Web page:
Inside Intel's Automotive Strategy

In an article recently published on, I argued that there was far more to Intel 's Internet of Things business than selling $1 chips. In fact, Intel's IoT business generated more than $2 billion in revenue last year, and it's highly unlikely that the company sold a single chip for less than $5.

One of the more interesting opportunities for Intel's Internet of Things Group is in-vehicle infotainment systems. In this article, I'd like to explain Intel's automotive strategy and why it looks like a winning one.

Taking a platform-centric approach

Intel's offerings in the automotive market are principally targeted at in-vehicle infotainment systems, which generally require relatively substantial computing and graphics performance.

Although Intel is known mainly as a chip company, it doesn't simply offer chips into this market. Instead, the company markets a "complete platform" that incorporates both hardware and software, which the company says should allow car makers to "speed up time to market" and "liberate their resources to focus on creating compelling user experiences."

From a hardware perspective, Intel provides what it calls a "compute module." The latest such compute module from Intel includes a system-on-chip from the company's Atom E3800 family (based on the same basic architecture that the company's Bay Trail tablet and PC processors are), an Intel Ethernet Controller, as well as power management and storage.

As far as software goes, Intel offers what it calls the "Intel In-Vehicle Software Foundation." This, the company says, is a middleware package that is pre-validated with the company's compute module "to enable faster time to market compared with traditional solutions."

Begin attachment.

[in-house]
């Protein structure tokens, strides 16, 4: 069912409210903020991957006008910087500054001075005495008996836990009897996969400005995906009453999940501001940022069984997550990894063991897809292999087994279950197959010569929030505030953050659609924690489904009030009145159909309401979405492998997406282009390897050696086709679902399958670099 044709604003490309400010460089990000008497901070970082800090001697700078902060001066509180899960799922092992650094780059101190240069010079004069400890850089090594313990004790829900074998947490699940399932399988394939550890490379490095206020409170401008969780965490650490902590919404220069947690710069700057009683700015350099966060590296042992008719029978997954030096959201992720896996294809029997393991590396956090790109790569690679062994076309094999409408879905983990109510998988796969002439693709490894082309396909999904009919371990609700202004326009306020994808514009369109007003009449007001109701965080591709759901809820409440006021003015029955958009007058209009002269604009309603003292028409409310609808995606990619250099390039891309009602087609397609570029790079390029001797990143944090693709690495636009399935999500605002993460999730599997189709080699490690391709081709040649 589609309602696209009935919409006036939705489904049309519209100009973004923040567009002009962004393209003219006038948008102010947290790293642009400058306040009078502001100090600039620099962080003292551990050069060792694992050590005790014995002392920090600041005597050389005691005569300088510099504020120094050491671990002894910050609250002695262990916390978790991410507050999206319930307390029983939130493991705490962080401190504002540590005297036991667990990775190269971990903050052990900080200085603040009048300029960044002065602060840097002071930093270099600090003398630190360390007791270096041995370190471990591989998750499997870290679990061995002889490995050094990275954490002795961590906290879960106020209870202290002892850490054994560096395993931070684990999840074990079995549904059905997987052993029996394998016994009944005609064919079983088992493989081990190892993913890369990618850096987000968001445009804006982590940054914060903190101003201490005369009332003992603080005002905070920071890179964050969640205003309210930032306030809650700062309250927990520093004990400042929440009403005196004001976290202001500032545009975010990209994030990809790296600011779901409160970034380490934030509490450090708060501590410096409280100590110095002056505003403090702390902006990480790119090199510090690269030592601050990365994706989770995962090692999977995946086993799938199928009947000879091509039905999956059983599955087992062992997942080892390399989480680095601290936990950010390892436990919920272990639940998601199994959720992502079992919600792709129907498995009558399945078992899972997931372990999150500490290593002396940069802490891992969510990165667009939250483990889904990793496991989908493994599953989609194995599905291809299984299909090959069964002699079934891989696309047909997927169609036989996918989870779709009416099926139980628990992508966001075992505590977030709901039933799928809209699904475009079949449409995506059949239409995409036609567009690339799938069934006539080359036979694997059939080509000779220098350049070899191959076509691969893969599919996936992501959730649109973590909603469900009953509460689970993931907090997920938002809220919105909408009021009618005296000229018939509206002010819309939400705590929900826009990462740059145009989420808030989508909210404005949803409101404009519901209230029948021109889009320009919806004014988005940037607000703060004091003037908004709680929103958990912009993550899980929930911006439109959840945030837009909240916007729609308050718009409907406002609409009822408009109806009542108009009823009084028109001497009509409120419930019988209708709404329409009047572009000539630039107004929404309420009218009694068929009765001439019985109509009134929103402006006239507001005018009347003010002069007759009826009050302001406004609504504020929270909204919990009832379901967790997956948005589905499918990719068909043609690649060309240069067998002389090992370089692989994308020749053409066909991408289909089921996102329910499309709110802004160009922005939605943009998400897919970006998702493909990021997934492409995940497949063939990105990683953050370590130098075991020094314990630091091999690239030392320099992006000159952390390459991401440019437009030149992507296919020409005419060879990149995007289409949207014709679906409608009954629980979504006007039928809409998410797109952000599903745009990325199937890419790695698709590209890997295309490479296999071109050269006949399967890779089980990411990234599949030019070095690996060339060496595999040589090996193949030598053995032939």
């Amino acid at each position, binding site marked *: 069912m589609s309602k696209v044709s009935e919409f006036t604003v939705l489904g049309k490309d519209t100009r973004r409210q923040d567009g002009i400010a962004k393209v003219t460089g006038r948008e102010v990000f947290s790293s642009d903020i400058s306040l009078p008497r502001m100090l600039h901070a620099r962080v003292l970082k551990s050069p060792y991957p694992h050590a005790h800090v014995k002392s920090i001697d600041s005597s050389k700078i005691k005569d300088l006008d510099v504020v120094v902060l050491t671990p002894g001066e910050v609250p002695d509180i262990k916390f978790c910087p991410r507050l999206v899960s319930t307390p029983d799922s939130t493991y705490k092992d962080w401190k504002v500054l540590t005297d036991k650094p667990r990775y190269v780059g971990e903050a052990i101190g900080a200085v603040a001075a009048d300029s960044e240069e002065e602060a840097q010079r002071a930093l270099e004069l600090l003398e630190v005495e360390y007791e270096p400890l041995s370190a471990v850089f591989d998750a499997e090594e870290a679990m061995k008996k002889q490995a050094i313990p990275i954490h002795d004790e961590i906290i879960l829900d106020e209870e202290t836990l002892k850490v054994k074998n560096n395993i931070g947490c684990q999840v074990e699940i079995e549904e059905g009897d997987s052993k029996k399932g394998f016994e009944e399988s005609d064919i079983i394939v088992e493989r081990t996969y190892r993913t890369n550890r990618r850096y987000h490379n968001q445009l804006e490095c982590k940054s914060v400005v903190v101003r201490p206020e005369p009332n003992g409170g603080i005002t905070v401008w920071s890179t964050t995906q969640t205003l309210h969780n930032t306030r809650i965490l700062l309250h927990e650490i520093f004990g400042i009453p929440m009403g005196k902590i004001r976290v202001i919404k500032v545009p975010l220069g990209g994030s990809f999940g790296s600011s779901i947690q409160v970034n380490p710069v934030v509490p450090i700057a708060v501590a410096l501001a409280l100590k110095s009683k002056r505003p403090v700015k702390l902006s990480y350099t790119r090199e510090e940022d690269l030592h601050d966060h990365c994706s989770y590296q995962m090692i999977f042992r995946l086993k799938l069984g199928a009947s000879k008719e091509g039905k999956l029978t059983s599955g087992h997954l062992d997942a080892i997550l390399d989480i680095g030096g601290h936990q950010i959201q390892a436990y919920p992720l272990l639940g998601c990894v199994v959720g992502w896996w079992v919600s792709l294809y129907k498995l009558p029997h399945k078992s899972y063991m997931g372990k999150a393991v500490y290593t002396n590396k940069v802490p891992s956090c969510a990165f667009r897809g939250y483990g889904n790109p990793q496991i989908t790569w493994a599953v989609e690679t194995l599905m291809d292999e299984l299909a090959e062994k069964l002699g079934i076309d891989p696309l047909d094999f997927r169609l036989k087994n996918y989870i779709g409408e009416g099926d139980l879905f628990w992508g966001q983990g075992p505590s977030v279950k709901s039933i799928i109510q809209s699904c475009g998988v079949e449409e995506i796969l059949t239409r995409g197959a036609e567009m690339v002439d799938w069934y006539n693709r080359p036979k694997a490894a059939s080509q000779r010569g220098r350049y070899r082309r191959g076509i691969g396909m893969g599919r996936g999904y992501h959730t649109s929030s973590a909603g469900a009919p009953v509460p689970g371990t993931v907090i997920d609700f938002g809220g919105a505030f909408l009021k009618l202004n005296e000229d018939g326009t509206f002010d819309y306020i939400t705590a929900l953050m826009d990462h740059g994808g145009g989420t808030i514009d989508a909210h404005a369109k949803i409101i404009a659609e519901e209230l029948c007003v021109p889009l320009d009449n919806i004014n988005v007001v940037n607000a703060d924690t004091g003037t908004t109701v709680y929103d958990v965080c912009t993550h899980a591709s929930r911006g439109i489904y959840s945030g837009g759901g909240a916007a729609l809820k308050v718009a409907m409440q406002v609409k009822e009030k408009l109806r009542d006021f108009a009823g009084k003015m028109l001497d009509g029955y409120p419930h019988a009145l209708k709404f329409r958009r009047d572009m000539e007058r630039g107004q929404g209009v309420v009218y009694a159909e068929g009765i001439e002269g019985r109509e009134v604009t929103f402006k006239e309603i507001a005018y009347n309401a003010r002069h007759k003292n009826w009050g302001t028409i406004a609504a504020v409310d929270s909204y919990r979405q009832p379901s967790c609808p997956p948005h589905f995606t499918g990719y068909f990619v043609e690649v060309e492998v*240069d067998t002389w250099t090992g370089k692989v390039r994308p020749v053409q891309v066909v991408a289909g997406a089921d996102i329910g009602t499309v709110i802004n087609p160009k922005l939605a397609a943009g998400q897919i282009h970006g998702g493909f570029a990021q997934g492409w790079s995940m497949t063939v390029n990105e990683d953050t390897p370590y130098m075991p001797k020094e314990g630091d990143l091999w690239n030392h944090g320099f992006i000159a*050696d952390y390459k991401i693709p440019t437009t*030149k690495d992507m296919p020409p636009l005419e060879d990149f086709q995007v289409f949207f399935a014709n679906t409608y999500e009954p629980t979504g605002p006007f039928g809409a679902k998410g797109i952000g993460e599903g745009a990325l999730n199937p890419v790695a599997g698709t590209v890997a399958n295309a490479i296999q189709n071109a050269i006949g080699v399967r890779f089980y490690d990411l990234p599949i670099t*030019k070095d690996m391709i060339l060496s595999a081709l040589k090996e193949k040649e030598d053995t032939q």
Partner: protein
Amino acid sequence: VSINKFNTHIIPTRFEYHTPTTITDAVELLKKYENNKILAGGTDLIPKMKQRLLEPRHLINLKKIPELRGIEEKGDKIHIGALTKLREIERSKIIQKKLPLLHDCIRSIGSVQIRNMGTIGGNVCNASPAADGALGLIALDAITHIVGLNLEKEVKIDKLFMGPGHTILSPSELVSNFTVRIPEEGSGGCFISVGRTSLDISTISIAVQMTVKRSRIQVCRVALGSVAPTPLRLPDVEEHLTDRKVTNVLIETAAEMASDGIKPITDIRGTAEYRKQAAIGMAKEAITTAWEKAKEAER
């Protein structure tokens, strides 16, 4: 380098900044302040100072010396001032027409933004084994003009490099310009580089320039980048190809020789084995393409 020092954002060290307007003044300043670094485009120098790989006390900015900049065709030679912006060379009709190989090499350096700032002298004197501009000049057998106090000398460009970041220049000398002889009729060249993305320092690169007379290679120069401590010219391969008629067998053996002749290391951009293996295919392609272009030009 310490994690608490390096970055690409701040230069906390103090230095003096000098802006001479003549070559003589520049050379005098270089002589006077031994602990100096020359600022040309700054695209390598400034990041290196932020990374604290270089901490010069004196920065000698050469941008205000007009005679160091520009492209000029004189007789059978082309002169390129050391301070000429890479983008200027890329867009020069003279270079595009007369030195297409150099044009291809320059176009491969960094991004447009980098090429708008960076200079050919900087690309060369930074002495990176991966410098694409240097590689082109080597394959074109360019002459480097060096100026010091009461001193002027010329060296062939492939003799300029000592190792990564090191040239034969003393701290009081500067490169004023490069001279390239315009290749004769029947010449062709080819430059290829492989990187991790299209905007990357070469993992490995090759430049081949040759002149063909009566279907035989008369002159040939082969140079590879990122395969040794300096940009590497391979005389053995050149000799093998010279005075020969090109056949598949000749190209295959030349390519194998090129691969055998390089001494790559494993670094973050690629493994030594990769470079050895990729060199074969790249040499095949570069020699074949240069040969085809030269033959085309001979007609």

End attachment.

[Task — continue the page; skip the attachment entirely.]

This middleware offers significant functionality that the company groups into three basic feature categories: basic services, connectivity, and multimedia. The company also offers "advanced" and "premium" entertainment options on top of the core functionality.

Source: Intel.

This is a growth market and Intel still has plenty of room to gain share

According to a slide that Intel showed at its investor meeting last year, the "transportation" portion of the market that the company's Internet of Things Group services is growing at a compounded annual growth rate of more than 30%. At the same time, Intel says that its share in this segment of the market is less than 10%.

I believe that Intel's solutions in this segment have gotten substantially more competitive and that they will continue to do so for quite some time.

Indeed, not only are Intel's Atom processors getting much better thanks to the company's mobile push (which should help Intel win future in-vehicle infotainment designs), but the company's acquisition of FPGA maker Altera should allow the company to offer even more interesting solutions in automotive.

For example, in the conference call that Intel hosted to discuss the Altera acquisition, Intel CEO Brian Krzanich made a compelling case for FPGAs displacing the traditional "application specific integrated circuits" (ASIC) and "application specific standard products" (ASIC) that are used for assisted driving.

Here's his explanation of the value proposition of FPGAs (likely integrated with Intel's Atom processors) in assisted driving:

What we can do is work that workload off those ASICs and ASSPs at we believe an equal or lower cost and onto the FPGA. What that also does is allows people to update those algorithms real time and not have to go out to their car line and do adjustments to the hardware but actually be able to do that as the car is shipping out the door in software, and they can continue to make improvements in the safety and the quality of that vehicle as a result.

In a nutshell, if Intel can successfully integrate FPGAs with its Atom-based automotive chips (either on-package or on-die), then the company's automotive platforms could gain a significant competitive edge over competing solutions, boosting its share in this segment.

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The article Inside Intel's Automotive Strategy originally appeared on

Ashraf Eassa owns shares of Intel. The Motley Fool recommends Intel. Try any of our Foolish newsletter services free for 30 days . We Fools may not all hold the same opinions, but we all believe that considering a diverse range of insights makes us better investors. The Motley Fool has a disclosure policy .

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The views and opinions expressed herein are the views and opinions of the author and do not necessarily reflect those of Nasdaq, Inc.

The views and opinions expressed herein are the views and opinions of the author and do not necessarily reflect those of Nasdaq, Inc.

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